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St. Joseph's Hospital Health Center

Advancing Excellence

Dec 15 2013
The Great Divide

Every week I  read the top healthcare blogs, follow twitter feeds from some of the great leaders in health care and scan countless journals and papers.

More and more my sources for information and communications are digital - my IPhone, my IPad, the desktop and some hard copy publications. I would guess the majority or close to 70 percent is online; the hard copy is becoming less and less my "go to" for information.

Last week in the Post-Standard was a very interesting article on how college students at Syracuse University are getting their information. Written by  Dr. David Rubin, dean emeritus at the Newhouse School of Public Communications, it clearly suggests they are at almost 100 percent in getting information digitally.

I wrote to Dr. Rubin to tell him my biggest fear. Not that we are changing the method of how we communicate or seek information, but that we are leaving behind a group in our community. This group cannot afford, or does not have access to the internet. Their phones are simply basic phones without full access, and they do not have computers. Last summer when I did focus groups with residents on Medicaid and those who were uninsured they very elegantly reminded me that we make assumptions about access.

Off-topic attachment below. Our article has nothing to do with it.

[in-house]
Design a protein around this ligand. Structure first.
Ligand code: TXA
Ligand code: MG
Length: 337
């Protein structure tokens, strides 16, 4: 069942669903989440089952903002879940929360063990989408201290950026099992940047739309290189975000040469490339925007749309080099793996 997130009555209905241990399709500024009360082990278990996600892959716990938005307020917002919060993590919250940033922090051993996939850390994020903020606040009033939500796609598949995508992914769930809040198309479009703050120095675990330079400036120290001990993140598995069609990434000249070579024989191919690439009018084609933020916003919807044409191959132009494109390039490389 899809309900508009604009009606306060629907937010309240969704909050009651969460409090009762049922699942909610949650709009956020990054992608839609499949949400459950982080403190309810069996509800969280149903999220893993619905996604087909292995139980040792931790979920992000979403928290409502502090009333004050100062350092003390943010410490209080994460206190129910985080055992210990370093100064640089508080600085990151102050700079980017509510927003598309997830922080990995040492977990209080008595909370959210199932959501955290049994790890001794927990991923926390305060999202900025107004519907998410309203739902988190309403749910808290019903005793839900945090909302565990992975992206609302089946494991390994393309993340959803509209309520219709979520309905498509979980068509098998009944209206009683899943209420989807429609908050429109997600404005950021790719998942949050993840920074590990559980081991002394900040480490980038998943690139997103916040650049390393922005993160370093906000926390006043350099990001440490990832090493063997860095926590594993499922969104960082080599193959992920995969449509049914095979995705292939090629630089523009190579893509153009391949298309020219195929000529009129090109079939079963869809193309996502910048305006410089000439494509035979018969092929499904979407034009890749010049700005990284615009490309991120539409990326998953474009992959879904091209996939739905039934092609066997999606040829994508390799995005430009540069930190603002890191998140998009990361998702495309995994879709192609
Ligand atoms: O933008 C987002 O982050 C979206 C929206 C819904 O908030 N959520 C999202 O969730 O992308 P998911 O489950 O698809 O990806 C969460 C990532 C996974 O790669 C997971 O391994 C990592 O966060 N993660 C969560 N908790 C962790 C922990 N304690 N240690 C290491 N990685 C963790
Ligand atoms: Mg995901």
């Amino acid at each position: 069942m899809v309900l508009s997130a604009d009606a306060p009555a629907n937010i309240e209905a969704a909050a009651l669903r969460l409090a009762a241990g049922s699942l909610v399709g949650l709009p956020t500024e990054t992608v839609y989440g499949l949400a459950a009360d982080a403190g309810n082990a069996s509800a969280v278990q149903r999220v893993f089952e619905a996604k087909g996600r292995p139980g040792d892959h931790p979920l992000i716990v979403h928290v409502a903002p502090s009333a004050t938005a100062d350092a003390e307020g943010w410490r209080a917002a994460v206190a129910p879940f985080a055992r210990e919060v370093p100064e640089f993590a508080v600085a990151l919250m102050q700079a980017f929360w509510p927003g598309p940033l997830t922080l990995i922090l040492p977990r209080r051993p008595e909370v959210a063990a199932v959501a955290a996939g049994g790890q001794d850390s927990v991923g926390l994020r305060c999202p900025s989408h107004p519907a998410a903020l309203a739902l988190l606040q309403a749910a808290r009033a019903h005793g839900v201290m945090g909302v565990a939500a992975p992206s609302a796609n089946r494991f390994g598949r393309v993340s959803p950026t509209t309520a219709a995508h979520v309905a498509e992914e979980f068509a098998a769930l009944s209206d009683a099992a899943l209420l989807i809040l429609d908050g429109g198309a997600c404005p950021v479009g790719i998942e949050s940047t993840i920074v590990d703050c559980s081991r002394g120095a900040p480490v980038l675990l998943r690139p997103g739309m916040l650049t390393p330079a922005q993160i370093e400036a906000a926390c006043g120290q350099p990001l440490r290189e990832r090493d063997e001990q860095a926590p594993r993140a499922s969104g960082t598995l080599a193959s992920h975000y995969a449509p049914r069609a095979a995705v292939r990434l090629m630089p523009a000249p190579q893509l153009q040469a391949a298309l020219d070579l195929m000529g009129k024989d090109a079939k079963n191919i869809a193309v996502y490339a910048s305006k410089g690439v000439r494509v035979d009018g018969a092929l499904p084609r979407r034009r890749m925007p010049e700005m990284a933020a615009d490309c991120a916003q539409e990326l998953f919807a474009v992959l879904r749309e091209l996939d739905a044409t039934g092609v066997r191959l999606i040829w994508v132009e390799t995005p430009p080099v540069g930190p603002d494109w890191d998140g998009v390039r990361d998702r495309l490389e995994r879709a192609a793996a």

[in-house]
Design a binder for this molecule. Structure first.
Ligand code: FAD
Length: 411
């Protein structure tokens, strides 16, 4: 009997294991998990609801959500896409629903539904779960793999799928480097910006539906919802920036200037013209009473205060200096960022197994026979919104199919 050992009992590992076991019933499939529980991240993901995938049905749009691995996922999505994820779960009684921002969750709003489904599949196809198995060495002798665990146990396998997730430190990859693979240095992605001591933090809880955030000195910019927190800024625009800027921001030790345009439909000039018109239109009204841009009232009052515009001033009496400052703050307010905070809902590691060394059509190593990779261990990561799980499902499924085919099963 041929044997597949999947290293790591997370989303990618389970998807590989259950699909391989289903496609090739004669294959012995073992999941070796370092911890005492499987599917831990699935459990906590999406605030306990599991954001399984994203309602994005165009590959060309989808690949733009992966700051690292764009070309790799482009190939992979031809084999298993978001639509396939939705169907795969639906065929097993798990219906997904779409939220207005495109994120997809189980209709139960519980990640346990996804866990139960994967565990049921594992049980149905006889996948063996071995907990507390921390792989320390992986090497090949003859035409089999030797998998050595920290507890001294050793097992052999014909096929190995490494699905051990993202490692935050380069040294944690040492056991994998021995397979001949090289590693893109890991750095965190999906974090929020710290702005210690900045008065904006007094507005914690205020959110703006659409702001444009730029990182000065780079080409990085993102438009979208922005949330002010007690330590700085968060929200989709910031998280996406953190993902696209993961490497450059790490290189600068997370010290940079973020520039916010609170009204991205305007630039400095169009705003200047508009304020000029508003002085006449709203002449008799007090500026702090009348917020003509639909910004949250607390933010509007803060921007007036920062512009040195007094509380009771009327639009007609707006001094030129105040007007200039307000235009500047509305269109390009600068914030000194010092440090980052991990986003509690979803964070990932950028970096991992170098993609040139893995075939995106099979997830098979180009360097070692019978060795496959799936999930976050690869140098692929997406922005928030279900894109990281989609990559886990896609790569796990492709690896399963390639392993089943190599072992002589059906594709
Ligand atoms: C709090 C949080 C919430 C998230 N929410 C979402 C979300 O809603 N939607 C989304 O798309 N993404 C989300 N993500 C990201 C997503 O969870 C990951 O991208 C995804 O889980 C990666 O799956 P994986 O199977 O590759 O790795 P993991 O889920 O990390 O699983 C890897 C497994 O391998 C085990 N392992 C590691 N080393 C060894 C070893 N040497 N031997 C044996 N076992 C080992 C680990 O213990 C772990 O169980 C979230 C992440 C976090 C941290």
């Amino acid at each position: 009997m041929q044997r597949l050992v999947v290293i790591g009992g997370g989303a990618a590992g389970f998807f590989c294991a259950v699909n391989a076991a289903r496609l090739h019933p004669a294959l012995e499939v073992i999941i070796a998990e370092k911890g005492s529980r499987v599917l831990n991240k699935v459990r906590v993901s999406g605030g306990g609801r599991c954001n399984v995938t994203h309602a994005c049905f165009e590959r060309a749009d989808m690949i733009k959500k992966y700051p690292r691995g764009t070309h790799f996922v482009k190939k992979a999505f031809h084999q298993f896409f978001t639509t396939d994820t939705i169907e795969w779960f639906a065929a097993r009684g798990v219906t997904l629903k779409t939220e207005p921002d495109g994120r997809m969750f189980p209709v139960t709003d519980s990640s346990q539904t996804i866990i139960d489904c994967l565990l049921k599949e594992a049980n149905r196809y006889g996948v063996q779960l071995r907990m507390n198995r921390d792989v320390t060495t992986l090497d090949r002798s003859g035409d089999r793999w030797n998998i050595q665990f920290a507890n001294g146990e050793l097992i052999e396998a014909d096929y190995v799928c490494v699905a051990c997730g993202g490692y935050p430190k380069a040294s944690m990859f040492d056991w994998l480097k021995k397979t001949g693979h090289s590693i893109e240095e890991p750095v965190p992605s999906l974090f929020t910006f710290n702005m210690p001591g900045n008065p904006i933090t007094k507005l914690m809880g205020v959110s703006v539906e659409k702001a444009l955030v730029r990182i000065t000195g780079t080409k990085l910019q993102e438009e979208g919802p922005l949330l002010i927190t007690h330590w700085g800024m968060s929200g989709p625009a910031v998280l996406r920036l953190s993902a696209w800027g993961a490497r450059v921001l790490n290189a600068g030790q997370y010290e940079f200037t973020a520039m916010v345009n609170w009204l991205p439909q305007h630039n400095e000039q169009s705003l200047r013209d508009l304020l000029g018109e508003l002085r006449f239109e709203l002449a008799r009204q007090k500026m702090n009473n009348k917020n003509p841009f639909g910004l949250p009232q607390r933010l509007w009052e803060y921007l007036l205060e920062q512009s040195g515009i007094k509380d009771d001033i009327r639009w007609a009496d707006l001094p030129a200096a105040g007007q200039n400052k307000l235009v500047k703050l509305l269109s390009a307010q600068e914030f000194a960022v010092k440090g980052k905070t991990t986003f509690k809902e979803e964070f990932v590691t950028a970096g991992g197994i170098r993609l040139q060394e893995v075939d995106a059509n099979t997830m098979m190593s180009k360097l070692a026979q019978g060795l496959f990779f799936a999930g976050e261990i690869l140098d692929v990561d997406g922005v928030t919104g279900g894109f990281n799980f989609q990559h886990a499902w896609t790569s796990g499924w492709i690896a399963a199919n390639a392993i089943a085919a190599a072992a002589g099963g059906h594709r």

For those in poverty, that divide is becoming greater. How will we as a society, and in particular as healthcare providers, make sure our patients get the information they need? 

A quick scan of the internet found a large body of research on this subject, all under the  "Digital  Divide." Sites like:  http://mashable.com/2013/08/18/digital-divide/, Pew and researchers all conclude at least 15 percent of Americans do not have access and another nine percent choose not to have access.

It's an opportunity to work with the schools and our community partners to make sure the divide doesn't grow. 


4 Comments so far

Isaiah Rocine December 16, 2013 at 08:22 am

I know it's a few years old, but perhaps people will find this interesting--in 2008 the FCC estimated that approximately 86% of residents in the Syracuse Metropolitan Statistical Area (this includes Onondaga, Oswego, and Madison counties) had Residential High-Speed Internet Access. Nationallly the 100 largest Metros averaged about 66% and all Metro areas 72%.

Sr. Baptiste Westbrook December 16, 2013 at 10:13 am

Today I learned that about 50% of the bots invading PCs are malicious. So in order to have access it is necessary to be computer-wise, not an easy challenge for the elderly among us.

Kim Houghtaling December 27, 2013 at 09:27 am

Some people don't have internet access due to availability becasue of where they live not because of finances or because they choose not to.

Keith Bertrand January 9, 2014 at 10:32 am

NPR talked about this too.. http://www.npr.org/blogs/codeswitch/2014/01/07/260409016/class-trumps-race-when-it-comes-to-internet-access

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